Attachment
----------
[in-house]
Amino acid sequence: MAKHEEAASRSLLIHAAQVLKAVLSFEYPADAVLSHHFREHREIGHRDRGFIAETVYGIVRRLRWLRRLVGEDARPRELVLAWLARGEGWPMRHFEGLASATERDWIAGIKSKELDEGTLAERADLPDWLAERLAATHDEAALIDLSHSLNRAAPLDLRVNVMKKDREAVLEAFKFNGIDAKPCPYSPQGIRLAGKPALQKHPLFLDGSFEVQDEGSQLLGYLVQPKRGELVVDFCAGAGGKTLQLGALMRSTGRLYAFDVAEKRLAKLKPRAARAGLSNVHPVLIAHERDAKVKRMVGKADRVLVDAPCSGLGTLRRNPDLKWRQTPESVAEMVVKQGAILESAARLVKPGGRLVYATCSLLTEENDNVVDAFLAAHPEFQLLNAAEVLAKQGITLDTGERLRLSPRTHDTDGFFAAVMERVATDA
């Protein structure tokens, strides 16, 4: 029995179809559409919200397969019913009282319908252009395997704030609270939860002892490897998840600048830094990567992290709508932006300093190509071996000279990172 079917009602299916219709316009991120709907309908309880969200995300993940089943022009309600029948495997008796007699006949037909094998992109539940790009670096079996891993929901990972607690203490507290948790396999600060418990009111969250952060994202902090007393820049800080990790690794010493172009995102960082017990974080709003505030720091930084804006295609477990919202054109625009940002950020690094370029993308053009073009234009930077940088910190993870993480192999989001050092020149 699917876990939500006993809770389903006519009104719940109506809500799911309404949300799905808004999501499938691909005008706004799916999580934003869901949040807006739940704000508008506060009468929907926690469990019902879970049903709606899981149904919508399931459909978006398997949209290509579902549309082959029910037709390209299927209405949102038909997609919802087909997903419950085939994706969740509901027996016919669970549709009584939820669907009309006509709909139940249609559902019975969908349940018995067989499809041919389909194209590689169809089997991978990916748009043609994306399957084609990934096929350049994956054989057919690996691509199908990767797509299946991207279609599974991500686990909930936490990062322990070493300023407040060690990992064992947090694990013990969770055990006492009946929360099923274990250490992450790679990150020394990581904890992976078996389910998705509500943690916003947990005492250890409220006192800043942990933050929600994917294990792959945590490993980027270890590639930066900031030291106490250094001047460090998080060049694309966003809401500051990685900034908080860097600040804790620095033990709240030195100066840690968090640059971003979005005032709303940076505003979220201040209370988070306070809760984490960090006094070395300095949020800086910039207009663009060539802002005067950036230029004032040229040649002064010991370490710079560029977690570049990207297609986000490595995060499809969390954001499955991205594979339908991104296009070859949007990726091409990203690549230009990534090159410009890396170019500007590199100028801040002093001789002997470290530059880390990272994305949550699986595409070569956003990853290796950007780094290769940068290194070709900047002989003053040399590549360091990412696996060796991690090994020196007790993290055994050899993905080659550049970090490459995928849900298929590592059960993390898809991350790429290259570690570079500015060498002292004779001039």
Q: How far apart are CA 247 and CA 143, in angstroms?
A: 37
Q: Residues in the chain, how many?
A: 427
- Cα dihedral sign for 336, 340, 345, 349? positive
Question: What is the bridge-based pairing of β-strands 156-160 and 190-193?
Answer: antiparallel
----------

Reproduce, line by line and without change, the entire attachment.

[in-house]
Amino acid sequence: MAKHEEAASRSLLIHAAQVLKAVLSFEYPADAVLSHHFREHREIGHRDRGFIAETVYGIVRRLRWLRRLVGEDARPRELVLAWLARGEGWPMRHFEGLASATERDWIAGIKSKELDEGTLAERADLPDWLAERLAATHDEAALIDLSHSLNRAAPLDLRVNVMKKDREAVLEAFKFNGIDAKPCPYSPQGIRLAGKPALQKHPLFLDGSFEVQDEGSQLLGYLVQPKRGELVVDFCAGAGGKTLQLGALMRSTGRLYAFDVAEKRLAKLKPRAARAGLSNVHPVLIAHERDAKVKRMVGKADRVLVDAPCSGLGTLRRNPDLKWRQTPESVAEMVVKQGAILESAARLVKPGGRLVYATCSLLTEENDNVVDAFLAAHPEFQLLNAAEVLAKQGITLDTGERLRLSPRTHDTDGFFAAVMERVATDA
């Protein structure tokens, strides 16, 4: 029995179809559409919200397969019913009282319908252009395997704030609270939860002892490897998840600048830094990567992290709508932006300093190509071996000279990172 079917009602299916219709316009991120709907309908309880969200995300993940089943022009309600029948495997008796007699006949037909094998992109539940790009670096079996891993929901990972607690203490507290948790396999600060418990009111969250952060994202902090007393820049800080990790690794010493172009995102960082017990974080709003505030720091930084804006295609477990919202054109625009940002950020690094370029993308053009073009234009930077940088910190993870993480192999989001050092020149 699917876990939500006993809770389903006519009104719940109506809500799911309404949300799905808004999501499938691909005008706004799916999580934003869901949040807006739940704000508008506060009468929907926690469990019902879970049903709606899981149904919508399931459909978006398997949209290509579902549309082959029910037709390209299927209405949102038909997609919802087909997903419950085939994706969740509901027996016919669970549709009584939820669907009309006509709909139940249609559902019975969908349940018995067989499809041919389909194209590689169809089997991978990916748009043609994306399957084609990934096929350049994956054989057919690996691509199908990767797509299946991207279609599974991500686990909930936490990062322990070493300023407040060690990992064992947090694990013990969770055990006492009946929360099923274990250490992450790679990150020394990581904890992976078996389910998705509500943690916003947990005492250890409220006192800043942990933050929600994917294990792959945590490993980027270890590639930066900031030291106490250094001047460090998080060049694309966003809401500051990685900034908080860097600040804790620095033990709240030195100066840690968090640059971003979005005032709303940076505003979220201040209370988070306070809760984490960090006094070395300095949020800086910039207009663009060539802002005067950036230029004032040229040649002064010991370490710079560029977690570049990207297609986000490595995060499809969390954001499955991205594979339908991104296009070859949007990726091409990203690549230009990534090159410009890396170019500007590199100028801040002093001789002997470290530059880390990272994305949550699986595409070569956003990853290796950007780094290769940068290194070709900047002989003053040399590549360091990412696996060796991690090994020196007790993290055994050899993905080659550049970090490459995928849900298929590592059960993390898809991350790429290259570690570079500015060498002292004779001039």
Q: How far apart are CA 247 and CA 143, in angstroms?
A: 37
Q: Residues in the chain, how many?
A: 427
- Cα dihedral sign for 336, 340, 345, 349? positive
Question: What is the bridge-based pairing of β-strands 156-160 and 190-193?
Answer: antiparallel